Stan: Absolutely. Without him pushing us and being there, we wouldn’t be here. He was instrumental in our success. We were separated for a time, and McG kind of brought us back together. There was a time where we decided, OK, this isn’t really happening for us. What are we going to do? Mark had just graduated from college at USC and really wanted to get a job. And rather than pursue the music thing, he was being pressured to join the real world. That was when we kind of split up for a time. And then we all realized what bullshit it was to do what we really didn’t want to do, and immediately we got back together. The next thing you know, we were making a video, and then we got signed.
MD: Perfect timing or luck?
Stan: Good timing, but it was a lot of luck too. I can’t say we haven’t worked our tails off. We started this band over thirteen years ago, and we worked as hard as we could. We lived all those band stories of living together in a big house, having zero dollars, humping gear to San Diego every Wednesday to play our cover gig. We did it all.
MD: Well, no one in this business gets there without paying dues.
Stan: No, nobody does. And if they do, they’re out of here soon. Our dues definitely got paid – and then some. And to have four records out – that’s more career than I ever thought I’d have. What we’ve done completely exceeded our expectations. It’s given us all opportunities to do other things. I’m very interested in getting into film, for instance, and those are things that Sugar Ray has brought to me. I’m so lucky to be here. I wake up every morning pinching myself, going, “Oh my God, did this really happen?”
MD: As a drummer, you’ve co-written quite a bit.
Stan: I think it’s challenging. I’m always trying to outdo myself or come up with something better or more clever. I look at guys like Elvis Costello as complete inspiration. I want to be as witty and clever and cool as that.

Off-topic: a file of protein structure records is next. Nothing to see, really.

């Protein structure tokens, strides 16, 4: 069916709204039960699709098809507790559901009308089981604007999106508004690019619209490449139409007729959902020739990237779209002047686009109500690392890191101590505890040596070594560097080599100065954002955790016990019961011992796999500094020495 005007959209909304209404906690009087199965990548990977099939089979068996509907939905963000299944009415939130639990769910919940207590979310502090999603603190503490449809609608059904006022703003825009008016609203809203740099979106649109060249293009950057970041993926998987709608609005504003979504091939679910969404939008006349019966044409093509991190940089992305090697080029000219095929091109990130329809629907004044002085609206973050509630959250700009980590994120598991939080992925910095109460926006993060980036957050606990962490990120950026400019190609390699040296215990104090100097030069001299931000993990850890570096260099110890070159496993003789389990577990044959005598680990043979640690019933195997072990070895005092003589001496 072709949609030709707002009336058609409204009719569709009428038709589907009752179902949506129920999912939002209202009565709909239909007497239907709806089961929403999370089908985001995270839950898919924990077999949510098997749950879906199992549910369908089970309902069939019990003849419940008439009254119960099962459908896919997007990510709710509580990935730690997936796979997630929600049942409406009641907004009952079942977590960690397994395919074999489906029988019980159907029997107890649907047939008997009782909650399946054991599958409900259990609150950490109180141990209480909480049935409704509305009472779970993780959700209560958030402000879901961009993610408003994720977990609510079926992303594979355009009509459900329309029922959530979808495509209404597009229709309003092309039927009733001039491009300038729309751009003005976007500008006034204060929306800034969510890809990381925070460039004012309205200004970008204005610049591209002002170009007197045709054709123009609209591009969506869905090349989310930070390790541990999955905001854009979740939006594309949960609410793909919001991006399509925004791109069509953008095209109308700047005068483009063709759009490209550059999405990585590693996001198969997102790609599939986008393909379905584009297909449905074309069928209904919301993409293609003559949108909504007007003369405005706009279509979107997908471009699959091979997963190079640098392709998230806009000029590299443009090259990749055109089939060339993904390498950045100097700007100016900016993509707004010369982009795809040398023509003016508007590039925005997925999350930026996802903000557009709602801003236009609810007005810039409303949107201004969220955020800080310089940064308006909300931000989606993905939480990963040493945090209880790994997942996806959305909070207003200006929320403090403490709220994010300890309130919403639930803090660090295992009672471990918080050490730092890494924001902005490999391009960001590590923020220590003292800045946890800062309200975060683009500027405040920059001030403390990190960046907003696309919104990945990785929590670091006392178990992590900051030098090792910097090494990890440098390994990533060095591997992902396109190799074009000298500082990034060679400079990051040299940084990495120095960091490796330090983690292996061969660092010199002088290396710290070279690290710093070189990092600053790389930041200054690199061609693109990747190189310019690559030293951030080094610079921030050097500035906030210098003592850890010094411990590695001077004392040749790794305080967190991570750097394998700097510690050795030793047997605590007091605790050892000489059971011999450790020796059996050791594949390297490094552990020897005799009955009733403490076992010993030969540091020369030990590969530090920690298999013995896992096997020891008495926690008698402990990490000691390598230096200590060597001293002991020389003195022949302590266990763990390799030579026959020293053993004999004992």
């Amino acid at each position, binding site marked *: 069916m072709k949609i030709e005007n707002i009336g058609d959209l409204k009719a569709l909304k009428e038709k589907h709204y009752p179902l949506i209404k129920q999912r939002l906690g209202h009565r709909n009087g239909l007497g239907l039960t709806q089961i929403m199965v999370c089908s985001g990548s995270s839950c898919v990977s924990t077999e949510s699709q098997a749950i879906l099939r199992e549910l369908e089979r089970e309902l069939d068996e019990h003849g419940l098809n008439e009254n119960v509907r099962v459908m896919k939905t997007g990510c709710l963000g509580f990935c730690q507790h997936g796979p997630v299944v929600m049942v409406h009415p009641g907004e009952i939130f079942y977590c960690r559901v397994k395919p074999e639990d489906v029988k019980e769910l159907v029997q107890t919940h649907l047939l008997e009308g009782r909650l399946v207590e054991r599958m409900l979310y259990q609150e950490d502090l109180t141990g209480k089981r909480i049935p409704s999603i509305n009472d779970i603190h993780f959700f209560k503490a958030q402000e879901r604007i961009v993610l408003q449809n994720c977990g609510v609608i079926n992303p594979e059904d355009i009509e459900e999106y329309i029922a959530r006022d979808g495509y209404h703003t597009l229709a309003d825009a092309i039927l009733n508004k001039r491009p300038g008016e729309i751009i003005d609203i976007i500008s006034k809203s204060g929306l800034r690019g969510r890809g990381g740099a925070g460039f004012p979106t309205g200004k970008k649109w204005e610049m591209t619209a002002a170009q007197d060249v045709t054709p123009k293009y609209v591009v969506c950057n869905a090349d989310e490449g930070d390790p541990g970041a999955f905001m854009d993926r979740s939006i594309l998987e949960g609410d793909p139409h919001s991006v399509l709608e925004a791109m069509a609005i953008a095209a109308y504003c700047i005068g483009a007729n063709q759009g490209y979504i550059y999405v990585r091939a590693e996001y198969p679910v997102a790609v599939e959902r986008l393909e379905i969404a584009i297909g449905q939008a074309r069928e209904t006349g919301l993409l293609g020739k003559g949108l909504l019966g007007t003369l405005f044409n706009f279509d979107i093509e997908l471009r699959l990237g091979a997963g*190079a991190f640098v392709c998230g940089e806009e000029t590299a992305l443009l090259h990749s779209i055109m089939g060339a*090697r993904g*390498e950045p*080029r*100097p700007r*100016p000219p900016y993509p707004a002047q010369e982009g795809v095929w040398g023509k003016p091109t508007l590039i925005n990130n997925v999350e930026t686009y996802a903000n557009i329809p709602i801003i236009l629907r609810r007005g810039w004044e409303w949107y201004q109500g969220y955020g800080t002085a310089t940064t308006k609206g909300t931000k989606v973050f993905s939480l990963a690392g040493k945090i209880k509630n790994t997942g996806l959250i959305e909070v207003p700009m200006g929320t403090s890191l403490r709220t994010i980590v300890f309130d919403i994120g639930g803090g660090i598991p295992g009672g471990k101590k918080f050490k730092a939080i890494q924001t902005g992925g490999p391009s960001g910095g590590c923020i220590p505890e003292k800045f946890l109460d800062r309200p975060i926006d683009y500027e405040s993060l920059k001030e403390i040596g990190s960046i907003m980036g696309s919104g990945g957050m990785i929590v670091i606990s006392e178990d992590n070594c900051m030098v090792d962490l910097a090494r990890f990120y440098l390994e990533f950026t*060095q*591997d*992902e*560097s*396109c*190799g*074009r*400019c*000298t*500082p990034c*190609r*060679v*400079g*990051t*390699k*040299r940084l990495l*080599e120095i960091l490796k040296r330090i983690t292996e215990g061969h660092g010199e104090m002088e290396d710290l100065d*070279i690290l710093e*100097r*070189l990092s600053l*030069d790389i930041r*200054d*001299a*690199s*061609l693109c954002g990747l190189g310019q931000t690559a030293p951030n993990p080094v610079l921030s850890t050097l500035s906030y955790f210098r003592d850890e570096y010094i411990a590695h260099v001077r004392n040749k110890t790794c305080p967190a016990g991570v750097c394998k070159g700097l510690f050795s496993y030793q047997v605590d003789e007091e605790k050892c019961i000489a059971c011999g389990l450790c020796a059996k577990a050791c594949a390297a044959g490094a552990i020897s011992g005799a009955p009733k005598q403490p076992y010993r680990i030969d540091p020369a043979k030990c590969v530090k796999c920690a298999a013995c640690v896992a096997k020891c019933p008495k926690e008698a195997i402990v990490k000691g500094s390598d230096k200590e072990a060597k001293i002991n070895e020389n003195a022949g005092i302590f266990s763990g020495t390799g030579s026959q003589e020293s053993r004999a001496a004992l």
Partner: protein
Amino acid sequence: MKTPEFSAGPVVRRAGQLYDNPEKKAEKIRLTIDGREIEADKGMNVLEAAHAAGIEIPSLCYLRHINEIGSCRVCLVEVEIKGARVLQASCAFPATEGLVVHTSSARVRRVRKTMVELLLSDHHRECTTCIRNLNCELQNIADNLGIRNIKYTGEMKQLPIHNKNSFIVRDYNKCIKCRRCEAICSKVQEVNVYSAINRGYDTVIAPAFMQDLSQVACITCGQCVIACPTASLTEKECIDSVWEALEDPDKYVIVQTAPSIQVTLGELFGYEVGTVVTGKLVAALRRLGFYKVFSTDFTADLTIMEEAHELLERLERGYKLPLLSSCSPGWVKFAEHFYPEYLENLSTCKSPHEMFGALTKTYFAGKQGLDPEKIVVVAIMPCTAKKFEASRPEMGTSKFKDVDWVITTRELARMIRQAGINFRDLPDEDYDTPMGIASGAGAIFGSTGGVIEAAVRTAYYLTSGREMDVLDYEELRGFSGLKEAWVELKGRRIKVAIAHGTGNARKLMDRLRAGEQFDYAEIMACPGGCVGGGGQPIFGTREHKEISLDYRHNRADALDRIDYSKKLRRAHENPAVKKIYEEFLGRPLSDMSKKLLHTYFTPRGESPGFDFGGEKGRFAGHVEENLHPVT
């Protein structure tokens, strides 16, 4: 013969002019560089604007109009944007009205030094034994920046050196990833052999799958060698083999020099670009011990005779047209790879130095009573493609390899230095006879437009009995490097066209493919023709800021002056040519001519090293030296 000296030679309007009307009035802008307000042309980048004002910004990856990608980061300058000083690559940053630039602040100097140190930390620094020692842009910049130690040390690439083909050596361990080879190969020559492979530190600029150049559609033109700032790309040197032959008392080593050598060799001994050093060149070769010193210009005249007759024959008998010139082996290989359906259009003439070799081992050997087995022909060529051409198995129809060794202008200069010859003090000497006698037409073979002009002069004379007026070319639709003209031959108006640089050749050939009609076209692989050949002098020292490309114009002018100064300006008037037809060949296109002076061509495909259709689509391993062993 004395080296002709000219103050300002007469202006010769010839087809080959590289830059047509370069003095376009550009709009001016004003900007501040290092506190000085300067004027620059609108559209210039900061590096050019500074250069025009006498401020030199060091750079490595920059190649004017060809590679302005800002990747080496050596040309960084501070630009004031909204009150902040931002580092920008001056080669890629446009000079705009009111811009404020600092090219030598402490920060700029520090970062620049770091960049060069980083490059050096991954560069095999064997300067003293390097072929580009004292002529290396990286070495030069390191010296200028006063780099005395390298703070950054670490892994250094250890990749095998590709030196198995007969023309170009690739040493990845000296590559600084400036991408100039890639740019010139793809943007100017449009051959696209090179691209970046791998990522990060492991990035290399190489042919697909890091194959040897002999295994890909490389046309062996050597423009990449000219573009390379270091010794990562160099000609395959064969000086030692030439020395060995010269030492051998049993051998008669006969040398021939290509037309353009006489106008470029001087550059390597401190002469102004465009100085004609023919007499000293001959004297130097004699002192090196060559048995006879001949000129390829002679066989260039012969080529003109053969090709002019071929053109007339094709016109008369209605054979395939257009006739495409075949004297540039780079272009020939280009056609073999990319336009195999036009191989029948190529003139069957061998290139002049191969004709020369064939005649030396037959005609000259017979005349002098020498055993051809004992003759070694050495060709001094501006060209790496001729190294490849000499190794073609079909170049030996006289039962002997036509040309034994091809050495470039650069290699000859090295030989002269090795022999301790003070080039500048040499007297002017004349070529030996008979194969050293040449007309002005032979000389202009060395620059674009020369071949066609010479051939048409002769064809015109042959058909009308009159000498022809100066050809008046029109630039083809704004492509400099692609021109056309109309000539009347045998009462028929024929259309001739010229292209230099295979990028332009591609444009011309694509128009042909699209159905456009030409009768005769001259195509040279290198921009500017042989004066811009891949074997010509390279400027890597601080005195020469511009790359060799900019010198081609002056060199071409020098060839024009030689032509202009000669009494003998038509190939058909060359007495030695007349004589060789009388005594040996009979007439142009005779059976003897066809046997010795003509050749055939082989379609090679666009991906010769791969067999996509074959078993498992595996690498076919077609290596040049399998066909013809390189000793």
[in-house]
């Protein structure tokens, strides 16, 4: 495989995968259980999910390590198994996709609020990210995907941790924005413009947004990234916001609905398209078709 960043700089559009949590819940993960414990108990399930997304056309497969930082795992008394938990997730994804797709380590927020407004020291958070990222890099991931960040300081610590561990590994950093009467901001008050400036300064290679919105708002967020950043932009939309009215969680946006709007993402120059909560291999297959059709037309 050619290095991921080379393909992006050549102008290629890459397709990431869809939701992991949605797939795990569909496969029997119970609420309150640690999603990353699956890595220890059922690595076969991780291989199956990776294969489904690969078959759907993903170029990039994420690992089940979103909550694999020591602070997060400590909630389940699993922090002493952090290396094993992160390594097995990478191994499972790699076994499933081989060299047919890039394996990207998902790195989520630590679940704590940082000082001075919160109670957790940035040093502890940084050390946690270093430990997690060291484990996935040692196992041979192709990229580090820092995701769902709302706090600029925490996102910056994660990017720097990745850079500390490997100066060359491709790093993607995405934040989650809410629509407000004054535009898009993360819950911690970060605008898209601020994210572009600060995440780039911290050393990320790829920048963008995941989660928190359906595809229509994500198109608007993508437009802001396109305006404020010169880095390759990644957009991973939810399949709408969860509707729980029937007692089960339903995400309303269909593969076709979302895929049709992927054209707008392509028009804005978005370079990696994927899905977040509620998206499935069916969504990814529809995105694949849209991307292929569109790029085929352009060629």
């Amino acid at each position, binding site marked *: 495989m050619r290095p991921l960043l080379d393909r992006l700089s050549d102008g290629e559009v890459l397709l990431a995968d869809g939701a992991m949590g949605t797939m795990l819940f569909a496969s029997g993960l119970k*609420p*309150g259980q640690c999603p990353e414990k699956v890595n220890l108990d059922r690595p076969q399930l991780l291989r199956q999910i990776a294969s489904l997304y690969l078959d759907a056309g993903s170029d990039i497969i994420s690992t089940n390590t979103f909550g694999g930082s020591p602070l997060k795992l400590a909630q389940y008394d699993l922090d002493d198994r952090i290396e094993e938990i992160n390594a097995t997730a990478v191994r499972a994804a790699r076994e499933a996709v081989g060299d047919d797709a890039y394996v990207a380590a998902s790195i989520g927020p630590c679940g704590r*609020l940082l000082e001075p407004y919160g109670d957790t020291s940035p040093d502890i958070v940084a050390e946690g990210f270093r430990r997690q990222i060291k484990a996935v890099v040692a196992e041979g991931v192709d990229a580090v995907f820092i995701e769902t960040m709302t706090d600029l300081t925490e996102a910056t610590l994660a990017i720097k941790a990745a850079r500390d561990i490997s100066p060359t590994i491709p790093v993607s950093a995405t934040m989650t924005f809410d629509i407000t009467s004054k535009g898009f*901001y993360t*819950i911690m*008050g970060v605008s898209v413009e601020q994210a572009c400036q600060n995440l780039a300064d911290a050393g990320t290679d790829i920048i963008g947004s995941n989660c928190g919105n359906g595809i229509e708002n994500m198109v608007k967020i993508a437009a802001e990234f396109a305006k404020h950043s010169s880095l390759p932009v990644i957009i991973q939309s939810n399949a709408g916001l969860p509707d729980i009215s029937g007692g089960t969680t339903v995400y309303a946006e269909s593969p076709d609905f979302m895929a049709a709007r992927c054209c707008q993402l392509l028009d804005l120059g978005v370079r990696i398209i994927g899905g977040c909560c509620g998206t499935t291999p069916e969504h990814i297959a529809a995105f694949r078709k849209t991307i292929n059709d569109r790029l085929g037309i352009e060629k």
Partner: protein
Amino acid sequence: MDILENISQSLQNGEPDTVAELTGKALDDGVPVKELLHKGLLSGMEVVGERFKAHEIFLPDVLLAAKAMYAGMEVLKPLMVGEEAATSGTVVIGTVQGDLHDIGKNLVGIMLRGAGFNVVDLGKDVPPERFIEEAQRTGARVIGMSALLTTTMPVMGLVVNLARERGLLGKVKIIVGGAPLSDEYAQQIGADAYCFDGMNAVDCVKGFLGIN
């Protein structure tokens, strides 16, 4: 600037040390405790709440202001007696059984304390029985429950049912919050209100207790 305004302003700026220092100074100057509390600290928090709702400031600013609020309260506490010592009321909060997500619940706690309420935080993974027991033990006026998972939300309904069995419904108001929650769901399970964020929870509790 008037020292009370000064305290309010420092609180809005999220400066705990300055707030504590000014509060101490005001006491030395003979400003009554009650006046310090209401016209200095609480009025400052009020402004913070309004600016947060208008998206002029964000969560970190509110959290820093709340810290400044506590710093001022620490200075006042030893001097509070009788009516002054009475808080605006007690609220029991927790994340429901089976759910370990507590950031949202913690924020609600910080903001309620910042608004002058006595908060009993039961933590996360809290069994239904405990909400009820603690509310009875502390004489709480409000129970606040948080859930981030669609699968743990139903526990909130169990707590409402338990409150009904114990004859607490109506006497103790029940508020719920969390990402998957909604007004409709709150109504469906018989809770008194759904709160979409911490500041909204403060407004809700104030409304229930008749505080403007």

Don Gilmore, is kind of stickler on lyrics, so a lot of the time it would be Don, Mark, and I sitting in the console room, in front of an iMac, waiting for divine inspiration. [laughs] What works best for me, writing-wise, is taking a CD home of the latest versions of the songs, and driving around with it playing. I do most of my writing in my car. Or I put it in the CD player at home and just sit there with a legal pad.
Sometimes I’ll be riding my bike or eating a piece of pizza, and I’ll hear a melody and try to think of a lyric. Like with “Every Morning.” “Every morning there’s a halo hanging from?” That whole thing came into my head in five seconds. I was leaving the studio one day and on my way to the parking lot and the lyrics and the melody came right into my head. I went back in, and our engineer, Steve Gallagher, was putting the mic’s back in the boxes, and I said, “Steve, throw everything back up. I’ve got something for the cowboy song” – “Every Morning” was originally called “The Cowboy Song” then I put it down and everyone heard it the next day and they were like, “Oh my God, that’s going to be huge.” Another time we were locked up in a recording studio in New York, and it was really a downer time in my life. We had released Lemonade & Brownies, and it did well in Europe but it was failing here in the States. So the feeling was like, “Okay, you guys are going to get dropped. You’ll have to go back to your day jobs.” But there was one guy [Jason] at Lava Records who gave us a second chance to make a record. Jason said, “Come to New York,” so we went there for a month and started writing all these songs. We had just come off Lemonade & Brownies tour, and we were writing heavier stuff. Plus, we had done some tours with The Deftones and Korn and all these bands that were really heavy. We’d had some heaviness to us, but we also had more groove tracks. There’s even an R&B song on our first record, “Dance Party USA.” We were looking for an identity, and we just didn’t have it yet. So were locked in this recording studio, writing all this heavy music, and that’s when the shit hit the fan, because Mark, didn’t like the songs we were writing and just decided, “I’m out of here.” So he disappeared into the New York night for weeks.
So anyway, one day we were in the studio, and Murphy started playing this bass line, just A to D, the simplest thing you’d ever heard. I was so depressed because I thought, “Man, this is it. Mark is out of here. He’s given up.” So, I was up in my room one day, and I was like, I just want to jump out the window and fly out of New York and go somewhere else. And I wrote the chorus. [sings] “I just want to fly.”
It’s bizarre when I think about this band in terms of starting from nothing and getting to this. It’s been the most amazing thing, and I can’t think of anything other than this that I’d rather be doing.
For more check out Stan’s feature in Modern Drummer Magazine’s January 2002 issue.